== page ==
I'm not used to posting my woes and sorrows for all to see. I am however open to allowing my life to be opened up to the truth and allowing it to liberate me as I believe the truth should. With that said, I'm hoping that there are others who can gain or empathize with my story.
I'll start from the day that I told my wife I was an atheist, July 20, 2011. I did it, most cowardly, in an email. On our anniversary. I was hoping that my gift to her would be "honesty." She didn't take it lightly. Suffice it to say, things were thrown, words and objects and accusations that our marriage meant nothing in the light of our oath being one based on faith. I didn't see it that way. I thought it bether that my marriage to her was not dependent upon a belief in a 3rd party God, but my own belief in my love for her, and my dogged decision to stick with our marriage because I respected my own oath. Not to mention that I loved her enough to tell her the truth instead of living in a lie. I was taking full responsibility for the oath that I made, rather than allowing some imaginary "God" to be the weak link that held us together.
We had been married since 2002 and when we took the "compatibility" test given to us by our devout Catholic marriage mentor, we matched almost exactly. We attended church together, and sang in the choir. When I met her, I had been playing guitar/singing in the choir when she joined. In retrospect, as I think back, and I actually mentioned this to her upon coming out as an atheist, that music was the only thing that really held me to church. The joy of playing/singing was what drew me to the liturgy. I could care less about the sermons. I even enjoyed doing the readings sometimes because I enjoy public speaking. My devoutness was all a convenient way of getting my need for attention and a hobby met.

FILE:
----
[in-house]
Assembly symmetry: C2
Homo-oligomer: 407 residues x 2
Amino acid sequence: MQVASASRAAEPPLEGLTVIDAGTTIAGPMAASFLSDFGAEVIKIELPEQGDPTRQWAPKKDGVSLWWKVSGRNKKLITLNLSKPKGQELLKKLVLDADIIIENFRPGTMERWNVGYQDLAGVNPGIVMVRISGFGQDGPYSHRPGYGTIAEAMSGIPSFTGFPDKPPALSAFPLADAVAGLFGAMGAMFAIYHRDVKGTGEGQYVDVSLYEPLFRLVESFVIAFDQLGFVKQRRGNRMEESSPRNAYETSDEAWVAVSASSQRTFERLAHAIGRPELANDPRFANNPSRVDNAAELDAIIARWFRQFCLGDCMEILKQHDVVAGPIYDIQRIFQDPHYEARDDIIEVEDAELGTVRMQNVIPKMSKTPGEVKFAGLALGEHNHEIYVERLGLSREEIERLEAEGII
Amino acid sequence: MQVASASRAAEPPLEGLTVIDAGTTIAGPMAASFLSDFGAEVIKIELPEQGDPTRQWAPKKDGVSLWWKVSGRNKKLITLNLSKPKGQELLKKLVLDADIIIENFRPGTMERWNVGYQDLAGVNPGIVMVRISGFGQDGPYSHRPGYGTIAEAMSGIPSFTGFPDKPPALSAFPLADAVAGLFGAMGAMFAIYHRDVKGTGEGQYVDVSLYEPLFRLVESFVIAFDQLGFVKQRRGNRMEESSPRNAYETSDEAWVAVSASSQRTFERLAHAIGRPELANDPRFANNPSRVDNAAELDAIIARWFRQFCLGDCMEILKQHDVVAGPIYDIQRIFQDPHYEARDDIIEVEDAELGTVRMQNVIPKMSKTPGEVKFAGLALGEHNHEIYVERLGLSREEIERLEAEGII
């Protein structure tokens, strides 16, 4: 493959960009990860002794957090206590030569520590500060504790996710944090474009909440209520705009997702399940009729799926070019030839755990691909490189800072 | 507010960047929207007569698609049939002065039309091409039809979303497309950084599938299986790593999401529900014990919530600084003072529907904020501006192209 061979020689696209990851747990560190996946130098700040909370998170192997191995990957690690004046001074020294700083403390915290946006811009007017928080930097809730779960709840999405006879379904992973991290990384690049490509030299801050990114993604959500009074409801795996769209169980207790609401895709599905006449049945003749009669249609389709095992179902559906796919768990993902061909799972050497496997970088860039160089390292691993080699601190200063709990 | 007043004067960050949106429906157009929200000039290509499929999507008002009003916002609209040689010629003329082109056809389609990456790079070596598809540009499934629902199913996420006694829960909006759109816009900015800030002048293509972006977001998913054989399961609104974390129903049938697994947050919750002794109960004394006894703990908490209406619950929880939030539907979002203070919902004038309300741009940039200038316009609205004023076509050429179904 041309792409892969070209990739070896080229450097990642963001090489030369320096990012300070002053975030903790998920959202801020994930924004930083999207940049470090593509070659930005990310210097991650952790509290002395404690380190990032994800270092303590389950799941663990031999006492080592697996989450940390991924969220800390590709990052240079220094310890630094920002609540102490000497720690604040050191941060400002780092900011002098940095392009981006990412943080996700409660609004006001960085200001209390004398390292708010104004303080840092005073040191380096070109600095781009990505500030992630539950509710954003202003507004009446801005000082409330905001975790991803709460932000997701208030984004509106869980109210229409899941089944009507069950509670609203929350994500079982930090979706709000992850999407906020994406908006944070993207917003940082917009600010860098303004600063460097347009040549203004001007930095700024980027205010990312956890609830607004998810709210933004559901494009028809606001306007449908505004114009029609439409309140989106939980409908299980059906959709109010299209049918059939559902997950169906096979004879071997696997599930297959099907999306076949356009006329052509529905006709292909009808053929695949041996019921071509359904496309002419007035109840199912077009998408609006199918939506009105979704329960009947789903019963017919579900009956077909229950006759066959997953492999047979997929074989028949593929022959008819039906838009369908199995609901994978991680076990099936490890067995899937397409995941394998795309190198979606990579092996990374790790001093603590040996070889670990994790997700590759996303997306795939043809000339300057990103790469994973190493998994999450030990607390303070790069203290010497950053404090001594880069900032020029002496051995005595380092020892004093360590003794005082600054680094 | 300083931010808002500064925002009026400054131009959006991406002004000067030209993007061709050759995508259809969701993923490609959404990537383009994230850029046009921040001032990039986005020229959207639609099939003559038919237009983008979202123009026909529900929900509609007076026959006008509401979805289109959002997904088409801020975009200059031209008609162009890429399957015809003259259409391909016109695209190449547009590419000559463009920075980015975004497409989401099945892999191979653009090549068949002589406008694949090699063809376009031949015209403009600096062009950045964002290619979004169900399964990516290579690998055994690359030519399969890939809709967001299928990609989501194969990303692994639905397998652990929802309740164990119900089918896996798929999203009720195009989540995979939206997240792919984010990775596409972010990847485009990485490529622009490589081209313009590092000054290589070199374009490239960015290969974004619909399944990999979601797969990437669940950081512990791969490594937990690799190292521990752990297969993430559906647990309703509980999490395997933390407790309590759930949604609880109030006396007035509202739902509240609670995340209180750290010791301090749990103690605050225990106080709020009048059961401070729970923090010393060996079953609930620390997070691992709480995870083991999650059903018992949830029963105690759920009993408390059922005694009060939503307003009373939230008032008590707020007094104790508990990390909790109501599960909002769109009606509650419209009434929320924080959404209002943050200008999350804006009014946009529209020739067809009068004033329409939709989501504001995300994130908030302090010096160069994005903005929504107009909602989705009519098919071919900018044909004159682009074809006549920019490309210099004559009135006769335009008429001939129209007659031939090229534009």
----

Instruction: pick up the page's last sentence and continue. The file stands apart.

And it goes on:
To be fair, I thought that that my revelation would not be a big deal because throughout our marriage we had been attending very "forward thinking" workshops on the Christian faith, with many speakers that we admired calling for a more humanistic approach to Christianity than the dogmatic traditional church. These were people open to discussing scripture with scholarly, open eyes that did not necessarily jive with the mainstream Roman Catholic view. Indeed, I saw in these people a thirst for reform in the Church to allow for wider acceptance of all faiths and allowing opposing viewpoints. I was encouraged to 'doubt' and 'question,' for according to one of our favorite priests, "If you don't doubt your faith, you'd be an idiot."
How does she feel now about things? I know that she feels that I must think I'm superior to her in some way. That I think all theists, including her, are fools. I try not to think that, honestly. I try not to dwell on it. I do however have a problem raising my 3 sons as Christian. She resents when I try to talk openly about what I disagree with because she thinks I'm trying to "teach" her.
Our marriage has had its hard trials. And although she feels as though my atheism is just another reason that our marriage is failing, I can't help but think otherwise. That as a non-believer, I can now focus and take control of my life and hopefully build a template of strength and integrity that our boys can latch on to and build better, truthful lives for themselves. I'm hopeful that that strength will be enough to carry us through these hard times and that integrity, honesty, and gentleness will win out over the need to be right.